At this year’s Summit, our keynote speaker, General Stanley McChrystal spoke about the heavy burden of real leadership, and the importance of creating an environment of shared purpose, understanding and risk when motivating people to achieve a common goal. Here’s how marketing leaders can apply McChrystal’s principles.
Earlier this month at the SiriusDecisions Summit, General Stanley McChrystal delivered a keynote speech on leadership that challenged and inspired the audience. He spoke about the heavy burden of real leadership, and the importance of creating an environment of shared purpose, understanding and risk when motivating people to achieve a common goal.
In McChrystal’s world, commitment to these principles meant going on high-risk patrols with small groups of soldiers, and never asking allies to take risks that he and his soldiers weren’t willing to take. While the burden of leadership in the B2B marketing world is not quite so heavy, the same principles apply. Let’s take a look at what it means for marketing leaders to adhere to these principles, and why this is imperative:
- Shared purpose. Shared purpose across functions (e.g. sales, marketing, product management) is the result of goal alignment during the strategic planning process. However, in addition to ensuring that marketing’s goals support broader enterprise and sales goals, marketing leaders must communicate goals to the broader group, clarify the role that each individual plays in achieving those goals, and link individual key performance indicators to these same goals.
- Shared understanding. Develop a single point of orientation that provides insight into key challenges, opportunities and approaches. In B2B, this point of orientation should be a deep and common understanding of who buyers are and how they typically buy. Shared understanding around deep buyer insight presents a tremendous opportunity for marketing leaders to positively impact the broader business while increasing the relevance of the marketing function. To be clear, marketing should never attempt to build buyer personas and buying cycle maps in a vacuum. Instead, collaborate with sales, product management and others to develop complete and credible buyer insight.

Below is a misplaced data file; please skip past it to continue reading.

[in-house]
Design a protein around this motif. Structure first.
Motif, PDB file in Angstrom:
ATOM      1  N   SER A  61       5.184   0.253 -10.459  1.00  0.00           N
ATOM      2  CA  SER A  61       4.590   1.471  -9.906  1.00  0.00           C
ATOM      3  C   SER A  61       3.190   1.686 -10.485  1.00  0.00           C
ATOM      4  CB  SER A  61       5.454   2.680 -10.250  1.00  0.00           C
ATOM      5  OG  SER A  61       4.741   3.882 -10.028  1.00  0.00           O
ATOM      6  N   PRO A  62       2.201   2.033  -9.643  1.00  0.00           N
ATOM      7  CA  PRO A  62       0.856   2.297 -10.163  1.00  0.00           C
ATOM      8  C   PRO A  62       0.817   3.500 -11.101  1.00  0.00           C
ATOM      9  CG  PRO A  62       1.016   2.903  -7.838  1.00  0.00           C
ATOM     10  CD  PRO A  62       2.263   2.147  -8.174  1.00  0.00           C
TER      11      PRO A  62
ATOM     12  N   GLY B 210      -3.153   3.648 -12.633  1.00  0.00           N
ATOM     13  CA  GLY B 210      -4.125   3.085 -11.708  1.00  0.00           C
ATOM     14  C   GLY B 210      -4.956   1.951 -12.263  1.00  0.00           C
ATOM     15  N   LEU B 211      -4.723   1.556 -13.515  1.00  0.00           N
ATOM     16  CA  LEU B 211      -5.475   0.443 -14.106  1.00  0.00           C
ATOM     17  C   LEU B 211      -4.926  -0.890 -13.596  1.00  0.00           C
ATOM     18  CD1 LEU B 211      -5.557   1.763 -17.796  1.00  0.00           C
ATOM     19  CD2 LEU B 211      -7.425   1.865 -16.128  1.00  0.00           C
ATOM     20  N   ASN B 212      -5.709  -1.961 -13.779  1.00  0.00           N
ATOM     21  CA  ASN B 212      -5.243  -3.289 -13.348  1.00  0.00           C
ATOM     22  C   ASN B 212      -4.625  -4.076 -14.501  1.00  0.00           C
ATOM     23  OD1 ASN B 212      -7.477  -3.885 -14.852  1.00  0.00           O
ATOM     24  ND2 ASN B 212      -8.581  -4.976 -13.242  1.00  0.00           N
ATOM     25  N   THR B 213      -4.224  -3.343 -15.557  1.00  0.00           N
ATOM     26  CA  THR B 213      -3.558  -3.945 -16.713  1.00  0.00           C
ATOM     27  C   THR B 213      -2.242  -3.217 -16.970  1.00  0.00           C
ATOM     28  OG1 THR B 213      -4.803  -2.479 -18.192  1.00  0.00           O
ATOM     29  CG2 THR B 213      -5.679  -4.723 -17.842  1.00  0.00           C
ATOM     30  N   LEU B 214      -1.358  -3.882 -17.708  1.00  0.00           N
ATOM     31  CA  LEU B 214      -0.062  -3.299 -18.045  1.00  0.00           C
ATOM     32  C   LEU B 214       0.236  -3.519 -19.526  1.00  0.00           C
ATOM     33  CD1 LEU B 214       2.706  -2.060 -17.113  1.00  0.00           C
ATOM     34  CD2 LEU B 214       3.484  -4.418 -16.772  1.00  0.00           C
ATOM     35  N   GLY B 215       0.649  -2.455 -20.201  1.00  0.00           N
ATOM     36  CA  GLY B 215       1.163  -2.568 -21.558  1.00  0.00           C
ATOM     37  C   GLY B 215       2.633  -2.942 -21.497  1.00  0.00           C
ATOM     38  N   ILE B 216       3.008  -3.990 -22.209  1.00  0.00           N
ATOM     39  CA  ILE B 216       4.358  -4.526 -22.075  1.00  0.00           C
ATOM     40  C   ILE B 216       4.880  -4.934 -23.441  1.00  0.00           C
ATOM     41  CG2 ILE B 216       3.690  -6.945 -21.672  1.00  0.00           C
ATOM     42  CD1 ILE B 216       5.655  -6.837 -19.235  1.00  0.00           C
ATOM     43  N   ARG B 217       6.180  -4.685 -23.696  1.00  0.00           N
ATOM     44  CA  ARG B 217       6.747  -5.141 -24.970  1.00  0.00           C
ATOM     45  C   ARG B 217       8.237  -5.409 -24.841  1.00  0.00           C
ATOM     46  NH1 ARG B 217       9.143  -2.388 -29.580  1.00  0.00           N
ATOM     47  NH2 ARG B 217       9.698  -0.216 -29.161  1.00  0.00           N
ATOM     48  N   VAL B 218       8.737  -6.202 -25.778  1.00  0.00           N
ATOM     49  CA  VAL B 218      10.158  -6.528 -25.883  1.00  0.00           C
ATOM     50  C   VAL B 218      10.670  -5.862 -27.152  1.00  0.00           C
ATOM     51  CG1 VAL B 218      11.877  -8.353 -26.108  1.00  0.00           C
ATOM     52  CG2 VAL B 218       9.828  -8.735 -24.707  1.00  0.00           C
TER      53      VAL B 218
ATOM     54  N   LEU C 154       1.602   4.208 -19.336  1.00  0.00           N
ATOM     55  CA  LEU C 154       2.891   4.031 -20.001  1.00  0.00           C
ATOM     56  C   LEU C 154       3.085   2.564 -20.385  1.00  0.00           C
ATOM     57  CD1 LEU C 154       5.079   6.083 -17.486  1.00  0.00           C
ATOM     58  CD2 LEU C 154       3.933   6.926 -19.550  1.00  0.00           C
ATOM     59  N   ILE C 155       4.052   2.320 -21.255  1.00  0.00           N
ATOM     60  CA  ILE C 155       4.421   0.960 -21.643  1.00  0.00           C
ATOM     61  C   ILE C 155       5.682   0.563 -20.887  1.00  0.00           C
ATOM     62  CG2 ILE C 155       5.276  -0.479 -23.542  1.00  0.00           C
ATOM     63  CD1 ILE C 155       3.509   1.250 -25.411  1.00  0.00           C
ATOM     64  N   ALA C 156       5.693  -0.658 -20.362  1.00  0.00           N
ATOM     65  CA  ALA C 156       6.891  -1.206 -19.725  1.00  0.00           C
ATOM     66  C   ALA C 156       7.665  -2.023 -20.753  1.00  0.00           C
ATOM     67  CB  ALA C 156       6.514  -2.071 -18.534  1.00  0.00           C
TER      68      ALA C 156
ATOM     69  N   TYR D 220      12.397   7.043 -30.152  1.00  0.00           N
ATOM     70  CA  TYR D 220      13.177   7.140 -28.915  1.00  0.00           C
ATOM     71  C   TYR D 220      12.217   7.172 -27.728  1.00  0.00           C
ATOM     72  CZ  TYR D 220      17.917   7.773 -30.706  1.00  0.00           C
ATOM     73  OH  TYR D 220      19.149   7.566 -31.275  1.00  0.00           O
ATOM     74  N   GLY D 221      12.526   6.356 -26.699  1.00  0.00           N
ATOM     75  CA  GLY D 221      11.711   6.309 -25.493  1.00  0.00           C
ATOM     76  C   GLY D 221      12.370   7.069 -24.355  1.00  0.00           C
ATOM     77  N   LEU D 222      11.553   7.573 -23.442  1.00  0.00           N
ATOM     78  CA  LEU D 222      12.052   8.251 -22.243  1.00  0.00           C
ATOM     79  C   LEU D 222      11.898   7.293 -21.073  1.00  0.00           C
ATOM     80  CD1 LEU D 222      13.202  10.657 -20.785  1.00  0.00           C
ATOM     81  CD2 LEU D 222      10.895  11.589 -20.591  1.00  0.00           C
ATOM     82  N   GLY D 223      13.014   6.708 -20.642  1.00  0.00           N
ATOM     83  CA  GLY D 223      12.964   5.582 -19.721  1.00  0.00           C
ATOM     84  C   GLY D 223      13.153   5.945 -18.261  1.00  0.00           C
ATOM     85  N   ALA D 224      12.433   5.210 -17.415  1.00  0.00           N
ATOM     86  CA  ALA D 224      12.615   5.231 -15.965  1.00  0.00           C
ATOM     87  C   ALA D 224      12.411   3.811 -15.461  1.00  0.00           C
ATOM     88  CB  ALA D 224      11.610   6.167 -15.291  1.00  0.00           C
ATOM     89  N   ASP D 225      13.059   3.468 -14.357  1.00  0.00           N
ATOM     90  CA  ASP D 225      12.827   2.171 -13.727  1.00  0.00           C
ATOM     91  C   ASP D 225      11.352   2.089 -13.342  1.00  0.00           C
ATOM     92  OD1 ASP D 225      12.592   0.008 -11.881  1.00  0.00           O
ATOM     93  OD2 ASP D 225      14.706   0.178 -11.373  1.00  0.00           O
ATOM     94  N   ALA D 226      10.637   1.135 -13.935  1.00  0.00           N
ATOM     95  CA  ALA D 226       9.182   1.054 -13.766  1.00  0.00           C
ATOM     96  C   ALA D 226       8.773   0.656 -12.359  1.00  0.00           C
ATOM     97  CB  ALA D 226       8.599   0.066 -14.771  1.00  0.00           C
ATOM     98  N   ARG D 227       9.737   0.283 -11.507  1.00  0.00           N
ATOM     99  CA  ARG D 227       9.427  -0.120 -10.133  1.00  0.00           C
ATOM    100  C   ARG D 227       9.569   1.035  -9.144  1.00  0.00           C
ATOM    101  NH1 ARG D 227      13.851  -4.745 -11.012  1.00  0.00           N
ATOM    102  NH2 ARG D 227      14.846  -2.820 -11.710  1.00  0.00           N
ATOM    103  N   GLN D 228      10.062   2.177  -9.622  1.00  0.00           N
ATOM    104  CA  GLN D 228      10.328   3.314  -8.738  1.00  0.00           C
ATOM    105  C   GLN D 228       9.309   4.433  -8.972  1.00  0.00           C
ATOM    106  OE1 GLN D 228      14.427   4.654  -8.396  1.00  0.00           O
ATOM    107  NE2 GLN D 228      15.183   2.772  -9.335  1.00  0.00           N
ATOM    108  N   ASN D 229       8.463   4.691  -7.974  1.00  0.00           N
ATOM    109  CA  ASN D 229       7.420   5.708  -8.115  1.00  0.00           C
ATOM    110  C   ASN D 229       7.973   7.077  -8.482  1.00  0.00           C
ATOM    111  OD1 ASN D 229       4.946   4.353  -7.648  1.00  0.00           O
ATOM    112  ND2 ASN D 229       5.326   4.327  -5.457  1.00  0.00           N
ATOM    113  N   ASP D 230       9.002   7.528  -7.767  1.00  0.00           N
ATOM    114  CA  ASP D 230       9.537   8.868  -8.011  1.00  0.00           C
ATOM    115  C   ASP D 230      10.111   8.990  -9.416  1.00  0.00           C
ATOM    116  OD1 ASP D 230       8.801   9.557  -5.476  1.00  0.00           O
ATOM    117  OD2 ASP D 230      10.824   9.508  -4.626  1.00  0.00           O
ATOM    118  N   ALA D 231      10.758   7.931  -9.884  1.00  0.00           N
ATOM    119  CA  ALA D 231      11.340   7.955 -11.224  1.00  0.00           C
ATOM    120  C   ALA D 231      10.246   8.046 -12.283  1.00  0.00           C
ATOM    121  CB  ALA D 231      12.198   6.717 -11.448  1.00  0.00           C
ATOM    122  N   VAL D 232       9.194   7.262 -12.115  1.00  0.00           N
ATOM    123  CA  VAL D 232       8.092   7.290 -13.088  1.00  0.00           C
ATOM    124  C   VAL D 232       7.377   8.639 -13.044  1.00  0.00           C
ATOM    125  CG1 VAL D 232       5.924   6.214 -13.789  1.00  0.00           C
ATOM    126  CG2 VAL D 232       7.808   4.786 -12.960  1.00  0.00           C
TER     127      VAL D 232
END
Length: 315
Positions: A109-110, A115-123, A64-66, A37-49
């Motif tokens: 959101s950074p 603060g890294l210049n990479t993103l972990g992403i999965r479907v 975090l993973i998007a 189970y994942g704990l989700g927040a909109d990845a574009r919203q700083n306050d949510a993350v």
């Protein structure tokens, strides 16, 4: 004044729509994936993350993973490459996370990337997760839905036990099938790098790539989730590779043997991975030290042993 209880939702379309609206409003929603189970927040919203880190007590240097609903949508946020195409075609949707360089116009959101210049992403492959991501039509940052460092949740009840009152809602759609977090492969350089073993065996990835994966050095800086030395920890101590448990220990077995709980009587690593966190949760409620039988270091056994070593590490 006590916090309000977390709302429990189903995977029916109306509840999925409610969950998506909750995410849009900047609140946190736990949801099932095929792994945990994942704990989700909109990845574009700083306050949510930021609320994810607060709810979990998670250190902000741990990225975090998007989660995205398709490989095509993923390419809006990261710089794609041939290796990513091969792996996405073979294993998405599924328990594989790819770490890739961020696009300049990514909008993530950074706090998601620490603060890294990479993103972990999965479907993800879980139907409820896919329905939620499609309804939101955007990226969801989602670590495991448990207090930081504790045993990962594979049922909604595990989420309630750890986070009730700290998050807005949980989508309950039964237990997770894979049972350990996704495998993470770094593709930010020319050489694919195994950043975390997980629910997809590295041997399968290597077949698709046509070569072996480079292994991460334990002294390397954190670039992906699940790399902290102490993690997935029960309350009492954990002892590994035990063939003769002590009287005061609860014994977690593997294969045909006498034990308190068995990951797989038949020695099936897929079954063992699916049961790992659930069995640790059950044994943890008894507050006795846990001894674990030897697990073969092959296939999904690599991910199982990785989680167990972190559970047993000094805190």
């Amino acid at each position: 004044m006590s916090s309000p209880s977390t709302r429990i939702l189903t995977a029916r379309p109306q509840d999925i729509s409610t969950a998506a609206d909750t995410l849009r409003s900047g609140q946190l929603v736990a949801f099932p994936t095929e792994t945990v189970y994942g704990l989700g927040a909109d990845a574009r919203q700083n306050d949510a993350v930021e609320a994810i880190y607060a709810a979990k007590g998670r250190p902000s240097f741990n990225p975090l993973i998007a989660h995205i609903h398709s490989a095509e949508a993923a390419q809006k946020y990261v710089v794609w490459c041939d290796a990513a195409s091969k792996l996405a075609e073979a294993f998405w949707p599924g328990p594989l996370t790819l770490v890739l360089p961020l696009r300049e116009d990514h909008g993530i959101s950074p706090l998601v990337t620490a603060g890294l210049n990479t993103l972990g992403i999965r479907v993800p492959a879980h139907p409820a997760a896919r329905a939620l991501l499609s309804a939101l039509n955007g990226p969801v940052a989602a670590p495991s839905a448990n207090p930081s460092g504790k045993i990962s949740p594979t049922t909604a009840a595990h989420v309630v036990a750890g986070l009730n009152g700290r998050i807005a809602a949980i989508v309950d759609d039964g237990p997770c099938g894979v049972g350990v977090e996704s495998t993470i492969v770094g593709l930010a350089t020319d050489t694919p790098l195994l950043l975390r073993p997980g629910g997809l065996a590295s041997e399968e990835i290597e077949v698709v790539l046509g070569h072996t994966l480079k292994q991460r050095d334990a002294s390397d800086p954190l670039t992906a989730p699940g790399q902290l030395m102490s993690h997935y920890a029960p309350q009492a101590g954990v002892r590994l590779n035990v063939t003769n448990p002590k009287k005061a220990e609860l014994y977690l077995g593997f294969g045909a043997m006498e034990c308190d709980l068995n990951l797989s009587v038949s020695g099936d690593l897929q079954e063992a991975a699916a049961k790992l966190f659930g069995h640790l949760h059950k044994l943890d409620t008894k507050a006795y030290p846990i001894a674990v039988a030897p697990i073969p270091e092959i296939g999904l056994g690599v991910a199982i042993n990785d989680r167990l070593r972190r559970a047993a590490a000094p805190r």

- Shared risk. Too often, marketers resist linking their KPIs and variable compensation to specific revenue and profitability targets. In a world in which marketing is typically responsible for moving buyers through half or more of the buying process, marketing leaders and key marketing personnel must “share the terror” of quota attainment with sales. To do otherwise is a colossal cop-out, and ensures that marketing will continue to be viewed as little more than a sales support function, at best, and a mostly irrelevant cost center, at worst.
Let’s face it – the vast majority of B2B organizations are defined by strong sales or engineering (or both) cultures, with marketing sitting on the fringe of strategic relevance. This is usually due to the origins of the company (a top-down attitude handed down by the founders) and the historical absence of measurable positive impact from marketing. This might not be a significant problem for companies – if not for the massive shifts in B2B buyer behaviors and buying processes. Few business leaders deny that marketing has a strategic and significant role in driving profitable revenue growth, and SiriusDecisions benchmark data shows that companies with accountable (measurable), credible and properly funded and staffed marketing functions consistently outperform their peers. Yet many marketing leaders are slow to drive the organizational change necessary for marketing to contribute in the ways it should, because they feel overwhelmed by the cultural barriers within their organizations.
So what’s a marketing leader to do? For the good of their companies, their people and their careers, marketing leaders must start to drive change. The type of positive change needed to elevate marketing’s performance starts with greater focus and accountability through shared purpose, understanding and risk.